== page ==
DOVER - As the summer comes to a close, the Delaware Department of Natural Resources and Environmental Control is encouraging community members and visitors to the First State to use their smartphones to help monitor environmental change.
DNREC’s Division of Watershed Stewardship Shoreline and Division of Climate, Coastal and Energy recently installed five monitoring stations at three sites along Delaware’s beaches and at two sites comprising the Delaware National Estuarine Research Reserve.
Visitors to the beach sites can use a smartphone app called CoastSnap, while guests at the marsh and reforestation sites at DNERR can upload and send photos by email through Chronolog.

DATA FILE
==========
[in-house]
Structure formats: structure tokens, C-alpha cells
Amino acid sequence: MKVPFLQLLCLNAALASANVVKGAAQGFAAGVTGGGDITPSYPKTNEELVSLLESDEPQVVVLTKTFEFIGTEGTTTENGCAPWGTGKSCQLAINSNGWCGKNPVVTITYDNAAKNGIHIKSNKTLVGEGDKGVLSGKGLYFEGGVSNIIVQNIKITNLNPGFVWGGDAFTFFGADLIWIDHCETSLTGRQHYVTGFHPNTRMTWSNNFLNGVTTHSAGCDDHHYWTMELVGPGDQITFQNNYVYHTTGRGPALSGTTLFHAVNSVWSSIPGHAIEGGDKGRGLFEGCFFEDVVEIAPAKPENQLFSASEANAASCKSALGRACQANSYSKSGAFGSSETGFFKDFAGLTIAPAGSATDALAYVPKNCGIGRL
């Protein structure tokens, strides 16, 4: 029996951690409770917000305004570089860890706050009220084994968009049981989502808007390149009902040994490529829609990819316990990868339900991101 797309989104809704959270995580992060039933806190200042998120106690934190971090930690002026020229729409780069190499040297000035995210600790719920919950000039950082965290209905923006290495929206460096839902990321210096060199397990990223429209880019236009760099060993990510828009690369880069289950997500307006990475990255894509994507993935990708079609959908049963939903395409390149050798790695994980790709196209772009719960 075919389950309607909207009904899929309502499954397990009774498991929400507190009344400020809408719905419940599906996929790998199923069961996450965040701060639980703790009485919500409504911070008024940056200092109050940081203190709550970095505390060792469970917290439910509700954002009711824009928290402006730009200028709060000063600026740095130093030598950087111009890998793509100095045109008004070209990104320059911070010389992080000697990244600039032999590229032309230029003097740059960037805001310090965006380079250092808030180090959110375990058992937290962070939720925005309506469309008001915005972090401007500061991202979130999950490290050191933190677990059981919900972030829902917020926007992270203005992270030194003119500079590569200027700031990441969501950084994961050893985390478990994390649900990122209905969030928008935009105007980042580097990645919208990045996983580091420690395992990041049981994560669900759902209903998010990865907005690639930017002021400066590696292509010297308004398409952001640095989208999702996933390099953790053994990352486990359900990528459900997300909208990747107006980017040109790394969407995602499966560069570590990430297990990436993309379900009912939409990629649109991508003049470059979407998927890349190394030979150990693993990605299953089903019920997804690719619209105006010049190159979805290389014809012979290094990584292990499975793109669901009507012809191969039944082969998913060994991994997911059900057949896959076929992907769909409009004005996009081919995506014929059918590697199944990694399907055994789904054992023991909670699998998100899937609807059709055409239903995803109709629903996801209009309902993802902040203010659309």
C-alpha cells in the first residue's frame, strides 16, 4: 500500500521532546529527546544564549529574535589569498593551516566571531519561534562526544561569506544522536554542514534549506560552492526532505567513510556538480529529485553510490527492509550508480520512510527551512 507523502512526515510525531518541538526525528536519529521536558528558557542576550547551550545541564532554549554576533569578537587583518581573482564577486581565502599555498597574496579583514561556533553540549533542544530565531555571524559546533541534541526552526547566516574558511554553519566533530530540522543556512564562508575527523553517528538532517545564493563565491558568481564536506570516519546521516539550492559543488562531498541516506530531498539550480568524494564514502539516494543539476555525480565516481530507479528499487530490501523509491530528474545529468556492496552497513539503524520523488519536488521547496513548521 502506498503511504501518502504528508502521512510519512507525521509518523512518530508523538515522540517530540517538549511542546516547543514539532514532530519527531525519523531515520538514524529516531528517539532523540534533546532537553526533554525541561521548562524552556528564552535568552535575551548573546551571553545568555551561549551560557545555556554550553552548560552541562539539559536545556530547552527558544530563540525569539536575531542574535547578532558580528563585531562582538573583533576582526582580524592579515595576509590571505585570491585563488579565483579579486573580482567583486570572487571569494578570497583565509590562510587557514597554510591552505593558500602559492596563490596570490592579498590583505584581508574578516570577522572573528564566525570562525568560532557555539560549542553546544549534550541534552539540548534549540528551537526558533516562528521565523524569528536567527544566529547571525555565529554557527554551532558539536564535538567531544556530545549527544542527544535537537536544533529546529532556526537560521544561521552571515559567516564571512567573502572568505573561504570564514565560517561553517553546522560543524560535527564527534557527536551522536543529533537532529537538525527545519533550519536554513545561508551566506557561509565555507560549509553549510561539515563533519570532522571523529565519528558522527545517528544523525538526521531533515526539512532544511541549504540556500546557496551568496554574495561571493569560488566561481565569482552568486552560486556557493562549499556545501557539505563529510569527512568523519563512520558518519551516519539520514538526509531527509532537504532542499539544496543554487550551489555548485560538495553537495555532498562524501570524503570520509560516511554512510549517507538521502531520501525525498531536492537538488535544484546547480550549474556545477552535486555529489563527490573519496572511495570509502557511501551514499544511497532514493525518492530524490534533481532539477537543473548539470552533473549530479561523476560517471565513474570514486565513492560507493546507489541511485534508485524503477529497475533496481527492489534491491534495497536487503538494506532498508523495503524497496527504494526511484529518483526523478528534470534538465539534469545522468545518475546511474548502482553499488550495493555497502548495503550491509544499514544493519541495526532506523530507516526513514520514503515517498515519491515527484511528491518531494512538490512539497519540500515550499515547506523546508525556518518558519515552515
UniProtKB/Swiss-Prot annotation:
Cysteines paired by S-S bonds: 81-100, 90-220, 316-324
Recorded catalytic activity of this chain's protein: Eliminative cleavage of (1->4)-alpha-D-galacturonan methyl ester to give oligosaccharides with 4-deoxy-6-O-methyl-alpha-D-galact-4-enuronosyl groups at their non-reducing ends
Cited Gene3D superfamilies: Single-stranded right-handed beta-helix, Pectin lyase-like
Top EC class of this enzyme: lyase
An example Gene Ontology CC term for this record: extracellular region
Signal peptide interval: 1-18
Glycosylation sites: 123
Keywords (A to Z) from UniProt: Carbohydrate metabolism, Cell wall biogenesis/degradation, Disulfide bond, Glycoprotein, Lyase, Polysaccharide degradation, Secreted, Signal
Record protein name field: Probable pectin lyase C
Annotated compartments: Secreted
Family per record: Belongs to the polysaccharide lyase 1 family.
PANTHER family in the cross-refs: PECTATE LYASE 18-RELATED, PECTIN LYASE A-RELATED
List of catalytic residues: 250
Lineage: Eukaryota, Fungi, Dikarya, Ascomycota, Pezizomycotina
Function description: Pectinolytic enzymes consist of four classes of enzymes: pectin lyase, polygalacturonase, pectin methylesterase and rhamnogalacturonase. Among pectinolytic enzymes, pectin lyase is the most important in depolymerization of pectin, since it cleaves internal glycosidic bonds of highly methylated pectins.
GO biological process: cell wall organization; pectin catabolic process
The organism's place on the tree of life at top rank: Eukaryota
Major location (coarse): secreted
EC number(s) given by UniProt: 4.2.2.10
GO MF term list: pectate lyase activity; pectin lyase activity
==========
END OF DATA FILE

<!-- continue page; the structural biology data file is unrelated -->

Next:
CoastSnap locations include Broadkill Beach, Herring Point in Cape Henlopen State Park, and the south side of Indian River Inlet in Delaware Seashore State Park. CoastSnap DE is a partnership among DNREC, the University of Delaware and Delaware Sea Grant, which funded the initiative.
Chronolog stations are located at the St. Jones Reserve in Dover and at the Blackbird Creek Reserve in Townsend. For both efforts, the photos will be used to create a timelapse project for helping to observe and document environmental changes.
Instructions on how to upload photos are displayed at each of the locations.